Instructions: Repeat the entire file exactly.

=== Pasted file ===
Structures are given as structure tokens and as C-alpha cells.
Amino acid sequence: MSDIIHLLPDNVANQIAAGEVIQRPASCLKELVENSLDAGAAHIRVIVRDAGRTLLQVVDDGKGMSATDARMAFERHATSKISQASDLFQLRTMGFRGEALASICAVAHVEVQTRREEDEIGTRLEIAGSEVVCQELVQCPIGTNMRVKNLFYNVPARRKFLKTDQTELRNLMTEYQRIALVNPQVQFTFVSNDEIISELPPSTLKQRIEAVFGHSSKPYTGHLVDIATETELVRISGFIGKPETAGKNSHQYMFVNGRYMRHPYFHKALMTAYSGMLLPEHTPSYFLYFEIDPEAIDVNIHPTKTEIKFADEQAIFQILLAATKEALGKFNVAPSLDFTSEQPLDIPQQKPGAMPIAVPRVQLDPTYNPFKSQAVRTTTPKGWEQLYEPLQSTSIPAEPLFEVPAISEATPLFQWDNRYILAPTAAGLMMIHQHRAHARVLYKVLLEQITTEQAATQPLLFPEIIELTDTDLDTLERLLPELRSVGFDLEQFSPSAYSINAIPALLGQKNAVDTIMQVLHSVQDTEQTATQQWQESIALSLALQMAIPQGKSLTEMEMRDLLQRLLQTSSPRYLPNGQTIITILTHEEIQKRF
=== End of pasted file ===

Structures are given as structure tokens and as C-alpha cells.
Amino acid sequence: MSDIIHLLPDNVANQIAAGEVIQRPASCLKELVENSLDAGAAHIRVIVRDAGRTLLQVVDDGKGMSATDARMAFERHATSKISQASDLFQLRTMGFRGEALASICAVAHVEVQTRREEDEIGTRLEIAGSEVVCQELVQCPIGTNMRVKNLFYNVPARRKFLKTDQTELRNLMTEYQRIALVNPQVQFTFVSNDEIISELPPSTLKQRIEAVFGHSSKPYTGHLVDIATETELVRISGFIGKPETAGKNSHQYMFVNGRYMRHPYFHKALMTAYSGMLLPEHTPSYFLYFEIDPEAIDVNIHPTKTEIKFADEQAIFQILLAATKEALGKFNVAPSLDFTSEQPLDIPQQKPGAMPIAVPRVQLDPTYNPFKSQAVRTTTPKGWEQLYEPLQSTSIPAEPLFEVPAISEATPLFQWDNRYILAPTAAGLMMIHQHRAHARVLYKVLLEQITTEQAATQPLLFPEIIELTDTDLDTLERLLPELRSVGFDLEQFSPSAYSINAIPALLGQKNAVDTIMQVLHSVQDTEQTATQQWQESIALSLALQMAIPQGKSLTEMEMRDLLQRLLQTSSPRYLPNGQTIITILTHEEIQKRF